Universiteit Leiden

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Lecture | Research Seminar

Citizen Labor: correcting data and creating value in an Indian land records database

Monday 12 February 2024
CADS Research Seminars
Pieter de la Court
Wassenaarseweg 52
2333 AK Leiden

In transitioning a system of agricultural land management from its network of paper records to a digital system of software and databases, engineers and bureaucrats in Bangalore, India’s ‘Silicon Valley’, have tacitly and invisibly shifted the responsibility of maintaining data from the state administration to individuals. Digital databases of land records fragment offices and disperse data onto new sites and actors. Accessing services under these transformed conditions depends on a form of digital labor, that I call ‘citizen labor’. Digitization of public bureaucracies, through code, algorithms and software is increasingly shown to produce exclusionary effects on substantive citizenship across the world. When applied to land and property, quintessential sites for the making and unmaking of citizenship, the ensuing interpellation of citizens into laboring on their data, shows that digitization of government extracts a form of digital labor in which benefits accrue to groups and organizations beyond the laboring individual.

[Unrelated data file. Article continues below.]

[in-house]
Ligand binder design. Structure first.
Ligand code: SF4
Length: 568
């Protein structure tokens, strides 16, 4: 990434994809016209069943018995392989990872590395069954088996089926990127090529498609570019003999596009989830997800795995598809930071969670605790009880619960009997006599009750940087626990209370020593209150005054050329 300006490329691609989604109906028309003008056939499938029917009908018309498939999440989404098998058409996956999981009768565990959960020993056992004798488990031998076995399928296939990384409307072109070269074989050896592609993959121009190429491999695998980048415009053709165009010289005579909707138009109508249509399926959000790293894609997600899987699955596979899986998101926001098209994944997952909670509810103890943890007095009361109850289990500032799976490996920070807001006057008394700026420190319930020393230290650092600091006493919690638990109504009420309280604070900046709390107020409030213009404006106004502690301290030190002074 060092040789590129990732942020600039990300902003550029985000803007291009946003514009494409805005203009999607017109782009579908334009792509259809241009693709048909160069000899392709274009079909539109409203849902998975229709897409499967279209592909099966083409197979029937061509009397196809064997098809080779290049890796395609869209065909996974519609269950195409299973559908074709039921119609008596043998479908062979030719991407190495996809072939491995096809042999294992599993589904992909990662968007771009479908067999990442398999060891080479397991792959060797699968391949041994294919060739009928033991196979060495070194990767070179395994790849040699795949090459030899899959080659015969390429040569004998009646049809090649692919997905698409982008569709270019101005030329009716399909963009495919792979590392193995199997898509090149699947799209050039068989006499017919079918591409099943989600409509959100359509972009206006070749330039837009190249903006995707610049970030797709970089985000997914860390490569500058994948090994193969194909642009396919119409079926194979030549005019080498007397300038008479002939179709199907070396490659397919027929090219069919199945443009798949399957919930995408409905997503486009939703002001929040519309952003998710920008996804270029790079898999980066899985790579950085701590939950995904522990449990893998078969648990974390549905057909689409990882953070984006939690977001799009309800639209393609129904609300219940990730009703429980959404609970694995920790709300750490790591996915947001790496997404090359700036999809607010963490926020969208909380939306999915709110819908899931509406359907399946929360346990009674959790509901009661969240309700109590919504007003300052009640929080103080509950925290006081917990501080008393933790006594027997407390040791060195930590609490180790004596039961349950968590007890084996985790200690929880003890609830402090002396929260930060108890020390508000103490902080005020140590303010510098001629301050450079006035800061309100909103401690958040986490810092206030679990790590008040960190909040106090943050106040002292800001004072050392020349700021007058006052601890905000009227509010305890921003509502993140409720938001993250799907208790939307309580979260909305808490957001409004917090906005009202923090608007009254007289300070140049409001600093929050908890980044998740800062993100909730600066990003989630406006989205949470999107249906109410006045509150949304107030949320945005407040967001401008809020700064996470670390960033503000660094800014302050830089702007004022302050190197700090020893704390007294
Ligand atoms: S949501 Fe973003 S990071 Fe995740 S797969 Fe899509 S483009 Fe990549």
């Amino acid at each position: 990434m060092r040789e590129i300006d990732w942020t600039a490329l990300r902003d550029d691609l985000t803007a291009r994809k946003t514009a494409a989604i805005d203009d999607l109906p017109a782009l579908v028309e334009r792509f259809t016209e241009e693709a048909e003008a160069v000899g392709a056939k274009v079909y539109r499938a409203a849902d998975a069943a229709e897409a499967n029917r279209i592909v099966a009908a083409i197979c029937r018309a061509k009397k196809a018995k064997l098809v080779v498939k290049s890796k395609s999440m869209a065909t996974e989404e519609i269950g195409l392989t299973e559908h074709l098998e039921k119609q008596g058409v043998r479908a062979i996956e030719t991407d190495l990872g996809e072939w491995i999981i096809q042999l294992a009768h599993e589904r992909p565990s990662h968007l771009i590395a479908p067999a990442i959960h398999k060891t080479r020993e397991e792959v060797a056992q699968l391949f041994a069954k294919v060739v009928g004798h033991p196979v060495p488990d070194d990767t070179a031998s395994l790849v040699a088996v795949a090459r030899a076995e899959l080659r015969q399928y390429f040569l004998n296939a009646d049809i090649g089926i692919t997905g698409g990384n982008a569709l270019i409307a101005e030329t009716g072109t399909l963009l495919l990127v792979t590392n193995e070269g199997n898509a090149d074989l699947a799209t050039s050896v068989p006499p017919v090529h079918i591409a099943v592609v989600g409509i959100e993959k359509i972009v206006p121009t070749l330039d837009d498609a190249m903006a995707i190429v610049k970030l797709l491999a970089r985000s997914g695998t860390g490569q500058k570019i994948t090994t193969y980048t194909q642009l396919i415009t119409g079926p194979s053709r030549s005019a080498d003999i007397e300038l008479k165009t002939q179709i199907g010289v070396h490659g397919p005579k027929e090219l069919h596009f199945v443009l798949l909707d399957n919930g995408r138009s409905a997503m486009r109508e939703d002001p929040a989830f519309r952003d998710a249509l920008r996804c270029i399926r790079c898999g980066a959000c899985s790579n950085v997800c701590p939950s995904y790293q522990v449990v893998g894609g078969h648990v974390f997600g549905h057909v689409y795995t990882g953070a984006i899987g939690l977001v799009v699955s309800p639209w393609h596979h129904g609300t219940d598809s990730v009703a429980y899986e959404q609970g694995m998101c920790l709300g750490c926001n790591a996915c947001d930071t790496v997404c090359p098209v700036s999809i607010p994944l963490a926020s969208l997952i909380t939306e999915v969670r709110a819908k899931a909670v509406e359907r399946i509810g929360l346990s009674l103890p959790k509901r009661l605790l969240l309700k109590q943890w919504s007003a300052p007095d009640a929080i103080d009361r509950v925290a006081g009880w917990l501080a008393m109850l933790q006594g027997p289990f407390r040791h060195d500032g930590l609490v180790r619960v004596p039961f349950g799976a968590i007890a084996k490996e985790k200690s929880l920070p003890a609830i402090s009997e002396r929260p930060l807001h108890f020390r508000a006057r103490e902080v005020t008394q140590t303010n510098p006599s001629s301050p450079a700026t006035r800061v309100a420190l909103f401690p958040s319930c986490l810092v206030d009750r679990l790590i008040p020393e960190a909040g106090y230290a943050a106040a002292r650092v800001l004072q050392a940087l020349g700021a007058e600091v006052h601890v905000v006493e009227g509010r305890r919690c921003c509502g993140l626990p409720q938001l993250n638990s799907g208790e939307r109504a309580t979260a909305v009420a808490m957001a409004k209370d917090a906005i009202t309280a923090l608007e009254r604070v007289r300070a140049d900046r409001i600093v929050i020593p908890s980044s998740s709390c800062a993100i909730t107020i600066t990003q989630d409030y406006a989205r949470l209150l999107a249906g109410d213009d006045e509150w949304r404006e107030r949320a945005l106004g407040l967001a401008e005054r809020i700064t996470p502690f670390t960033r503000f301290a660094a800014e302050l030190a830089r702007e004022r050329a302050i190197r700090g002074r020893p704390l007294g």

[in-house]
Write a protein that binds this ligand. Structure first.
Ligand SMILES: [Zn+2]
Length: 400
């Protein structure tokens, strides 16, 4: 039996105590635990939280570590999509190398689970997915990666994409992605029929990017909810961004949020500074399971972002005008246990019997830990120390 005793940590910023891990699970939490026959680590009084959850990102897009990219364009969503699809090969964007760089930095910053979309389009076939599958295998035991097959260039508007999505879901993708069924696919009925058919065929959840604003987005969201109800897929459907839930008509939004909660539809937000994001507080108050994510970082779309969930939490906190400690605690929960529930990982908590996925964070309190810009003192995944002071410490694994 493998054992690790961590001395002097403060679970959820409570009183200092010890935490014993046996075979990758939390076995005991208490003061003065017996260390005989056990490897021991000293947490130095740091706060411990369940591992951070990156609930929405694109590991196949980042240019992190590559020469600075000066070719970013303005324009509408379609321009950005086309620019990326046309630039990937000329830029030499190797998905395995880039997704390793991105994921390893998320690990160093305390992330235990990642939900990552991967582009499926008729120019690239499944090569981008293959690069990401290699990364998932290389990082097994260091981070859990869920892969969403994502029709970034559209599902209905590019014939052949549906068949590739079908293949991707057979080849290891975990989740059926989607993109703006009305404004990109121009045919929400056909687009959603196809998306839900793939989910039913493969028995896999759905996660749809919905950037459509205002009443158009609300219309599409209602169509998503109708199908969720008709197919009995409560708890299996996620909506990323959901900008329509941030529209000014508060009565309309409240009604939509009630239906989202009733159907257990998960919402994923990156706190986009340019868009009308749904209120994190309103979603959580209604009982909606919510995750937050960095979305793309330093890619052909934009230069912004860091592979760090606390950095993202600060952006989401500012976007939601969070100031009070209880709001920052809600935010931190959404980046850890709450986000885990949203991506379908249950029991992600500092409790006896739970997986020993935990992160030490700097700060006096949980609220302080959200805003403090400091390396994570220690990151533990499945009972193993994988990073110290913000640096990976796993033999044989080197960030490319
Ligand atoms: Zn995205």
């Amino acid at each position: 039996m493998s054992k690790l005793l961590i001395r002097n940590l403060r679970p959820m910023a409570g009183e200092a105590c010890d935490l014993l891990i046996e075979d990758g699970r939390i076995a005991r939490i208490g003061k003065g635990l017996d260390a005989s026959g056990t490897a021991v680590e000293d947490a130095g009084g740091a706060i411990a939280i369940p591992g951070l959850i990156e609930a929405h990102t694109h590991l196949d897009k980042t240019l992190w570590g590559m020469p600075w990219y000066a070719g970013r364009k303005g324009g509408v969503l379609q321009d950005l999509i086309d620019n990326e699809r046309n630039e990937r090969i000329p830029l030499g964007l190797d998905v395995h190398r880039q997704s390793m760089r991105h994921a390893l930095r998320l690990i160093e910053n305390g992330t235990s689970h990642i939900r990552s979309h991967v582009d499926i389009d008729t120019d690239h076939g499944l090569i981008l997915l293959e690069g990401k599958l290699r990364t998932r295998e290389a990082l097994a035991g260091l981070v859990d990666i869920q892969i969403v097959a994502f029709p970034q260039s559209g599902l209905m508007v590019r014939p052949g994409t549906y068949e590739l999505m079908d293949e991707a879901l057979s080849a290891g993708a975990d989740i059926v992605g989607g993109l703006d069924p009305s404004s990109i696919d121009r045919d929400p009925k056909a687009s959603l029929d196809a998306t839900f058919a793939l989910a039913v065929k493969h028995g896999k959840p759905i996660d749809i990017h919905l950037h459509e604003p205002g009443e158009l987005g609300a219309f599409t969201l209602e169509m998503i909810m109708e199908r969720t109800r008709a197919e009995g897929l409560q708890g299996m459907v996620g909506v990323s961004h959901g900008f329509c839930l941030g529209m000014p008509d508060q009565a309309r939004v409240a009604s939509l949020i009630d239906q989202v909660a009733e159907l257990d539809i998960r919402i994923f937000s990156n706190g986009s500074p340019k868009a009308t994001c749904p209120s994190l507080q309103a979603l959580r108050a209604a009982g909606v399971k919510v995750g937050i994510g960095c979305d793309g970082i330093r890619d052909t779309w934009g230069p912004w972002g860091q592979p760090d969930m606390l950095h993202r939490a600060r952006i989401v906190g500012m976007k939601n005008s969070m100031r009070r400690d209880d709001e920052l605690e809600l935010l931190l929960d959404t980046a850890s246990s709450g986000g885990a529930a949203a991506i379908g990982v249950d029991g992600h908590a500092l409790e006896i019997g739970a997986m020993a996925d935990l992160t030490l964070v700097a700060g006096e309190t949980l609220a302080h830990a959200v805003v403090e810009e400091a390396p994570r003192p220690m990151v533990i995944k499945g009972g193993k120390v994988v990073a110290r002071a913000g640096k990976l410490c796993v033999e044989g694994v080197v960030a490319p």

About Nafis Hasan

Nafis Hasan is an assistant professor in the Anthropology Department at the University of Amsterdam and a visiting fellow at the Center for the Advanced Study of India at the University of Pennsylvania. He earned his PhD in sociocultural anthropology from the University of Californiain 2021.

His research focuses on the impact of digital technologies on the state in India, examining the technopolitics of digital media, material politics of public institutions, and technological policies for governance. His current project explores the cultural politics of the datafication of health in projects addressing infectious diseases.

Nafis has received support for his work, including grants from the Social Science Research Council, the Wenner-Gren Foundation for Anthropological Research, the American Institute of Indian Studies, and several grants from UCLA.

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